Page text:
On a frosty February morning in Chattanooga a dozen cats tumble out of their heated condos and stretch lazily as only a cat can. They begin milling, rubbing and occasionally swatting at each other in sleepy anticipation of breakfast. Momentarily their breakfast arrives; a buffet of wet food in multiple flavors and textures, a few very large bowls of dry food and a large bowl of fresh water. The cats pounce on breakfast; no one is shy as they line up whisker to whisker, shoulder to shoulder and dig in. They know that this scene won’t be repeated … until dinnertime a full 12 hours away.
This scene sounds not unlike the morning routine of many pet cats. But these cats are not pets, they are not owned and they don’t live indoors. They’re considered “feral” cats, thousands of whom live here in Chattanooga. Most of Chattanooga’s feral cat population lives much harder lives than the cats in this lucky colony.The colony’s caretakers provide food, water and shelter. So these cats don’t need to scrounge for food in dumpsters and they don’t struggle to find shelter from the elements.
The first cat arrived 4 years ago, very pregnant. She delivered 4 kittens, only one of whom survived. That surviving kitten is now the colony’s alpha male and the father of many of the other colony members. The colony grew over the years and now numbers about 13 with a few additional, irregular members.Much like a pride of lions, the members of this colony are social and spend a good deal of time together.
The caretakers enjoy the cats and take great pleasure providing for them and watching their activities and interactions. But they realized that the colony would continue to grow to unmanageable numbers if they did not take action. If the group continued to grow at the same rate they would number more than 150 in another 4 years.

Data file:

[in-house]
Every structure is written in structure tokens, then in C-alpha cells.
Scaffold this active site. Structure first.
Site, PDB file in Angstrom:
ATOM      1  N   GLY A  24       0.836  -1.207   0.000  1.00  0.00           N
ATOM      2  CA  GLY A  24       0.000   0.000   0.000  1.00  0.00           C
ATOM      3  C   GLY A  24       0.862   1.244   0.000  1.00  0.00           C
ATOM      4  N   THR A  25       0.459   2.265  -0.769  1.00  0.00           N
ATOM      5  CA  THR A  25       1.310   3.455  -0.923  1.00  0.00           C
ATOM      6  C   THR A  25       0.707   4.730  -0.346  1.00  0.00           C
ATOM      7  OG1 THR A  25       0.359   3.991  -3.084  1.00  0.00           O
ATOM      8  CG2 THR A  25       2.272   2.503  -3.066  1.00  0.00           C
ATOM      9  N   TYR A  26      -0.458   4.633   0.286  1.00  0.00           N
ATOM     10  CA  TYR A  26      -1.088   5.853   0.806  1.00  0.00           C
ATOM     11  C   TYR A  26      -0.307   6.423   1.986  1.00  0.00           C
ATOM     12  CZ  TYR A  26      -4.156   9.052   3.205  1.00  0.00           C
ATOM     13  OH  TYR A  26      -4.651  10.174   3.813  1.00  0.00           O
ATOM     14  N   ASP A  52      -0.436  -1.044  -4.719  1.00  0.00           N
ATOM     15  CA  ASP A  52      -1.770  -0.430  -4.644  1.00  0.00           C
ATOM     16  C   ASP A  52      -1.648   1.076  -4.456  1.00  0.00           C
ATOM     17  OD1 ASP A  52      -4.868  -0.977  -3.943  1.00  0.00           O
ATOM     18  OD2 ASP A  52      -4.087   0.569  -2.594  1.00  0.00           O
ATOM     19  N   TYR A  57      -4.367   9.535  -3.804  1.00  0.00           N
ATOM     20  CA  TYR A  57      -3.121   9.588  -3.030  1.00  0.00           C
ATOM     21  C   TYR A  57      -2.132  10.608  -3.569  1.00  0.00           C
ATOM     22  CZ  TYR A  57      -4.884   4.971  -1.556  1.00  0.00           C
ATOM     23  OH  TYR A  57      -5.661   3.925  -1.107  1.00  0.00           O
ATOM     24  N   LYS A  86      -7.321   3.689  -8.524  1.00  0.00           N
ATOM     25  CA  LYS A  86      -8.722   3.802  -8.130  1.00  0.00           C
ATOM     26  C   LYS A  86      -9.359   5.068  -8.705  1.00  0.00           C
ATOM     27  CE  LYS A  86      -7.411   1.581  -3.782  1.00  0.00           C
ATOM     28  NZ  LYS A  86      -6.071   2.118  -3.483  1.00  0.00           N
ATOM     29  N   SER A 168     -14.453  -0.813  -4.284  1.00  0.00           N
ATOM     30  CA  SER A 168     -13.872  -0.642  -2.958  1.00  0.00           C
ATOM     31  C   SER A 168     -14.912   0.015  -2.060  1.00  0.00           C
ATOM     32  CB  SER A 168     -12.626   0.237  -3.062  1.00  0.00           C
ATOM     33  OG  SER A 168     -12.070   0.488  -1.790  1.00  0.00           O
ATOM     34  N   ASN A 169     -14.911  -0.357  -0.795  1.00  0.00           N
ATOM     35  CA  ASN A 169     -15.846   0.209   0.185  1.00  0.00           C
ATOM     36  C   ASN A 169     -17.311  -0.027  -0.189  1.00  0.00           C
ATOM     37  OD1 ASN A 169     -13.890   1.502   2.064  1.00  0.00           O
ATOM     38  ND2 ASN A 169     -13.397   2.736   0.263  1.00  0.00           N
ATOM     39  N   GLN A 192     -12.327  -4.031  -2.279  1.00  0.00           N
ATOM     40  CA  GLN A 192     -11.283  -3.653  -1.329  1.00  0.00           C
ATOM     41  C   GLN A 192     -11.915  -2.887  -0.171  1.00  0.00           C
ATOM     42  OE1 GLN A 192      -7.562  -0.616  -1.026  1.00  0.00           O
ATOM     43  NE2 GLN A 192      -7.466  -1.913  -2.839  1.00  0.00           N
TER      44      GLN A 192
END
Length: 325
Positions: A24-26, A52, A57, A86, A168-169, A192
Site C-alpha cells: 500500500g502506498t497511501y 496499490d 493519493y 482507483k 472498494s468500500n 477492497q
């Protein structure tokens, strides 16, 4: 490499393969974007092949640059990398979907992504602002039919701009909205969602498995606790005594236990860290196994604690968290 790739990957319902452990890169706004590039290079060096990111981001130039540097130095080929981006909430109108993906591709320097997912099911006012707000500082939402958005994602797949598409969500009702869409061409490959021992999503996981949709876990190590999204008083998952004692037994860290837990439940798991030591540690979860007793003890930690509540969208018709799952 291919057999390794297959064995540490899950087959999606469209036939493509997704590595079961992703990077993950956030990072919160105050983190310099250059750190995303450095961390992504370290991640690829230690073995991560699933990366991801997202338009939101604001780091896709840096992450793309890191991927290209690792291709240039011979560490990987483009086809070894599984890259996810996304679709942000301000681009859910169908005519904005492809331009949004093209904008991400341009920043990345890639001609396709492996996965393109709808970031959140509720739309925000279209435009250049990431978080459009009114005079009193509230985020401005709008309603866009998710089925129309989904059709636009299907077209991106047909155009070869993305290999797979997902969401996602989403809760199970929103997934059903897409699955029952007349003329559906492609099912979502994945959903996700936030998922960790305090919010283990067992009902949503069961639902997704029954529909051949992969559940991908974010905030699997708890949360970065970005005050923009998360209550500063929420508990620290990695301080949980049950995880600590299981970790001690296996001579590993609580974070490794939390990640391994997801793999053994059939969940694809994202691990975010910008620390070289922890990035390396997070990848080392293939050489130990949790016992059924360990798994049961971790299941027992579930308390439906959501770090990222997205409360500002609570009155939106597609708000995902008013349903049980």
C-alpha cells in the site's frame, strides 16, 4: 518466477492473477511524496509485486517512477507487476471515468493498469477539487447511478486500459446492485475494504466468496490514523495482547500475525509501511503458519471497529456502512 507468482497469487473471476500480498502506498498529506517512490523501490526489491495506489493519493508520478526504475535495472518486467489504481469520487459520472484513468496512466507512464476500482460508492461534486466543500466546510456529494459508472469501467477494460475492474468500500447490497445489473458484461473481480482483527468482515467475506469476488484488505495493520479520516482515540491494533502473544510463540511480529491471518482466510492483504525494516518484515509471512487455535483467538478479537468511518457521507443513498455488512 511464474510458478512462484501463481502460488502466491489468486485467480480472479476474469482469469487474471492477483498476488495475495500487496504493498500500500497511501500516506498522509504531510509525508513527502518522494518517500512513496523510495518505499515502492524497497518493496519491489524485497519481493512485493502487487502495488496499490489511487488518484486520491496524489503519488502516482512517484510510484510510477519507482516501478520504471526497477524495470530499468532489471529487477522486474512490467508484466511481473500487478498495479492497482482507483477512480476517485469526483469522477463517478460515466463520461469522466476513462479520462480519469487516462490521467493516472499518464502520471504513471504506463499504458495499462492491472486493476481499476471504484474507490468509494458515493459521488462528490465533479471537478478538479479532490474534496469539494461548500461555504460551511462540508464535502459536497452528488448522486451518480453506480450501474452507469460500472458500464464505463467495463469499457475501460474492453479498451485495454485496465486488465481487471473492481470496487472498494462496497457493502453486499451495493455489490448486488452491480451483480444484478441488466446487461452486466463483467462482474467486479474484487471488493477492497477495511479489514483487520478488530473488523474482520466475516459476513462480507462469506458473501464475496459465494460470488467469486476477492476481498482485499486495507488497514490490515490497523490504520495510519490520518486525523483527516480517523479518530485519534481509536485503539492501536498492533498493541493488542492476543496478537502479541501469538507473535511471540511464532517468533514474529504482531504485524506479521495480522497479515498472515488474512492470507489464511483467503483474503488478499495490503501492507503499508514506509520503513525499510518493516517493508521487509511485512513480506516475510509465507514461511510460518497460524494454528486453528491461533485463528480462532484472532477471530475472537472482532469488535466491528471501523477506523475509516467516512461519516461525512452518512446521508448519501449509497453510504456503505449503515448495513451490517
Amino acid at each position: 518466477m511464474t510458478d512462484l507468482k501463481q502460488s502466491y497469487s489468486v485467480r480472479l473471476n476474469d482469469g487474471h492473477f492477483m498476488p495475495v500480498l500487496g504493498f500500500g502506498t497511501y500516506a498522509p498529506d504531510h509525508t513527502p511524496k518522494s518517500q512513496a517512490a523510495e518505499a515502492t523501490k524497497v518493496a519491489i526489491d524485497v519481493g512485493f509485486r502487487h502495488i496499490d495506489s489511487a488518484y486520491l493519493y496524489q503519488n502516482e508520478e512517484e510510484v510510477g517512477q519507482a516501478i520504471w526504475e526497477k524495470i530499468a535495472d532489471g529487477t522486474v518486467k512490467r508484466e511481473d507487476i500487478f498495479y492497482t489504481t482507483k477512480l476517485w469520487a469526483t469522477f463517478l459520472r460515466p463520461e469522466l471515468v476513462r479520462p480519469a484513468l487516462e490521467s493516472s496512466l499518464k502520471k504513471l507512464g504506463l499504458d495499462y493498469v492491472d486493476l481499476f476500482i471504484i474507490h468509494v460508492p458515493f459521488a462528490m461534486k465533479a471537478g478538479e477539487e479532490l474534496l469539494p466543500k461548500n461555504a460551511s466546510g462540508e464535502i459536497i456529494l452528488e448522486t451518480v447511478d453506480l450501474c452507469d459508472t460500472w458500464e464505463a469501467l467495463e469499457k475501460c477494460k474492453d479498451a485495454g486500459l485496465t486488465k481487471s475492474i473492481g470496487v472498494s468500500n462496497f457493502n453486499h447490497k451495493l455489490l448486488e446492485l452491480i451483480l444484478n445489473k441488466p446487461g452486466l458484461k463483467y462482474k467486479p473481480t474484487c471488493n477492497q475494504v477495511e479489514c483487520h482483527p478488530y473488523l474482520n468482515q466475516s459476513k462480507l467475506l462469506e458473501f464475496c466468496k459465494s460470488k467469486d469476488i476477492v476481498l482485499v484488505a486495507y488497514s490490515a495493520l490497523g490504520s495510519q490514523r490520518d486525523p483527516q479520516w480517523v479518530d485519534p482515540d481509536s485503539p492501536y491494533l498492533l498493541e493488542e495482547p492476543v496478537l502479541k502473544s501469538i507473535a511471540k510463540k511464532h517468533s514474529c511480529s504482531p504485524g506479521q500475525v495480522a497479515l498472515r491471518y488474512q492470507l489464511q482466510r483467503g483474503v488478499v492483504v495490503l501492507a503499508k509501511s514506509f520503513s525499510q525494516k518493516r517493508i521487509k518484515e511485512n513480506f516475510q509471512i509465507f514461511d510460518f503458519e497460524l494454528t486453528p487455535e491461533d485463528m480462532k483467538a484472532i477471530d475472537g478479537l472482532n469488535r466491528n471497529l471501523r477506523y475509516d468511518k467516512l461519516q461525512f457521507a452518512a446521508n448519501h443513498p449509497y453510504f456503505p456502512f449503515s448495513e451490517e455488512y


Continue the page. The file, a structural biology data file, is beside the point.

With volunteer help the caretakers arranged a series of TNR (Trap-Neuter-Return) outings. At each of these the cats were caught in humane traps at their normal feeding site and taken to Wally’s Friends Spay Neuter Clinic for spay/neuter surgery and rabies vaccinations.The tips of the cats left ears were clipped while they are under anesthesia. This identifies them as cats that have been spayed or neutered. After their surgeries, the cats were kept warm and indoors for 2 days before they were returned to their outdoor home.
The TNR effort is ongoing. 9 cats have been trapped, altered and returned home. Trapping of the remaining 4 regular colony members is scheduled for next week.The surgeries and vaccinations were 20% funded by the colony caretakers and 80% by donations from clients of The Cat Clinic of Chattanooga.
The cats in this colony will continue to enjoy their good life, without the reproductive drives that lead to fights, noise and drain of their physical resources.The colony will stop growing and the cats, caretakers and community will continue to live in harmony.